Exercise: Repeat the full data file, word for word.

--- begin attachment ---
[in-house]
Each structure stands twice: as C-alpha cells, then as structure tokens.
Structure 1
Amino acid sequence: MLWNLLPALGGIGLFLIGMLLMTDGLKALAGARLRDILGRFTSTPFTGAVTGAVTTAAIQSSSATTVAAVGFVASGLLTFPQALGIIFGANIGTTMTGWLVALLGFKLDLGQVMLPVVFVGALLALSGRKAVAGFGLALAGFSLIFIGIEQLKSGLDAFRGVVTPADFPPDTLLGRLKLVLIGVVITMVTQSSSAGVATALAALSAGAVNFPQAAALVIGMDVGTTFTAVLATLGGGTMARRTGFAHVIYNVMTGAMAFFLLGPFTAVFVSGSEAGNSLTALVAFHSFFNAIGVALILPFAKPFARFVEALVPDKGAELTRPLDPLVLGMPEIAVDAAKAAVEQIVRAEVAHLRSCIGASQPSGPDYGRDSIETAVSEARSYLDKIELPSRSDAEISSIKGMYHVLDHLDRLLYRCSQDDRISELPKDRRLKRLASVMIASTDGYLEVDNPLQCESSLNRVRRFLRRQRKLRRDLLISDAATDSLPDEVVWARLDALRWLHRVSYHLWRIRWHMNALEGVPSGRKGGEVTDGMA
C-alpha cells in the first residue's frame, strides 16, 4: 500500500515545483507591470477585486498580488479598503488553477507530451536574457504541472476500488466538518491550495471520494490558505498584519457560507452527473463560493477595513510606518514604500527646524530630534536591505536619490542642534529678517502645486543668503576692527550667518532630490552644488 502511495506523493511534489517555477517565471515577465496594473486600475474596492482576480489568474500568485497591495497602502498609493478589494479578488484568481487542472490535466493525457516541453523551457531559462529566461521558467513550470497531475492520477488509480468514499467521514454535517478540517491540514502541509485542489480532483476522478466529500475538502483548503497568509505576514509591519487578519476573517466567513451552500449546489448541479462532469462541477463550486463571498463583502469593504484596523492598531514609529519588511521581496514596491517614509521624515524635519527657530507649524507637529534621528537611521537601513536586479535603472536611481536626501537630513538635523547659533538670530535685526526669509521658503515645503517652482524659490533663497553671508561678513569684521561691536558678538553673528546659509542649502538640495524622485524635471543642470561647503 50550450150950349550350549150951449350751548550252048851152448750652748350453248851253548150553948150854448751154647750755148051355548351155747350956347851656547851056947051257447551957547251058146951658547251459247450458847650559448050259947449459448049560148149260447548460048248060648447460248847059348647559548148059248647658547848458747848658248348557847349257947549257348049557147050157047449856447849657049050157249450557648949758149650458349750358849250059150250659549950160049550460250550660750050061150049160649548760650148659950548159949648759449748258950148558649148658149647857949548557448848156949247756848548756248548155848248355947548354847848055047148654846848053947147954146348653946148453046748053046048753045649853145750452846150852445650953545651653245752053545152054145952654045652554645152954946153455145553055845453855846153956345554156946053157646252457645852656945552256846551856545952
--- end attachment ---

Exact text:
[in-house]
Each structure stands twice: as C-alpha cells, then as structure tokens.
Structure 1
Amino acid sequence: MLWNLLPALGGIGLFLIGMLLMTDGLKALAGARLRDILGRFTSTPFTGAVTGAVTTAAIQSSSATTVAAVGFVASGLLTFPQALGIIFGANIGTTMTGWLVALLGFKLDLGQVMLPVVFVGALLALSGRKAVAGFGLALAGFSLIFIGIEQLKSGLDAFRGVVTPADFPPDTLLGRLKLVLIGVVITMVTQSSSAGVATALAALSAGAVNFPQAAALVIGMDVGTTFTAVLATLGGGTMARRTGFAHVIYNVMTGAMAFFLLGPFTAVFVSGSEAGNSLTALVAFHSFFNAIGVALILPFAKPFARFVEALVPDKGAELTRPLDPLVLGMPEIAVDAAKAAVEQIVRAEVAHLRSCIGASQPSGPDYGRDSIETAVSEARSYLDKIELPSRSDAEISSIKGMYHVLDHLDRLLYRCSQDDRISELPKDRRLKRLASVMIASTDGYLEVDNPLQCESSLNRVRRFLRRQRKLRRDLLISDAATDSLPDEVVWARLDALRWLHRVSYHLWRIRWHMNALEGVPSGRKGGEVTDGMA
C-alpha cells in the first residue's frame, strides 16, 4: 500500500515545483507591470477585486498580488479598503488553477507530451536574457504541472476500488466538518491550495471520494490558505498584519457560507452527473463560493477595513510606518514604500527646524530630534536591505536619490542642534529678517502645486543668503576692527550667518532630490552644488 502511495506523493511534489517555477517565471515577465496594473486600475474596492482576480489568474500568485497591495497602502498609493478589494479578488484568481487542472490535466493525457516541453523551457531559462529566461521558467513550470497531475492520477488509480468514499467521514454535517478540517491540514502541509485542489480532483476522478466529500475538502483548503497568509505576514509591519487578519476573517466567513451552500449546489448541479462532469462541477463550486463571498463583502469593504484596523492598531514609529519588511521581496514596491517614509521624515524635519527657530507649524507637529534621528537611521537601513536586479535603472536611481536626501537630513538635523547659533538670530535685526526669509521658503515645503517652482524659490533663497553671508561678513569684521561691536558678538553673528546659509542649502538640495524622485524635471543642470561647503 50550450150950349550350549150951449350751548550252048851152448750652748350453248851253548150553948150854448751154647750755148051355548351155747350956347851656547851056947051257447551957547251058146951658547251459247450458847650559448050259947449459448049560148149260447548460048248060648447460248847059348647559548148059248647658547848458747848658248348557847349257947549257348049557147050157047449856447849657049050157249450557648949758149650458349750358849250059150250659549950160049550460250550660750050061150049160649548760650148659950548159949648759449748258950148558649148658149647857949548557448848156949247756848548756248548155848248355947548354847848055047148654846848053947147954146348653946148453046748053046048753045649853145750452846150852445650953545651653245752053545152054145952654045652554645152954946153455145553055845453855846153956345554156946053157646252457645852656945552256846551856545952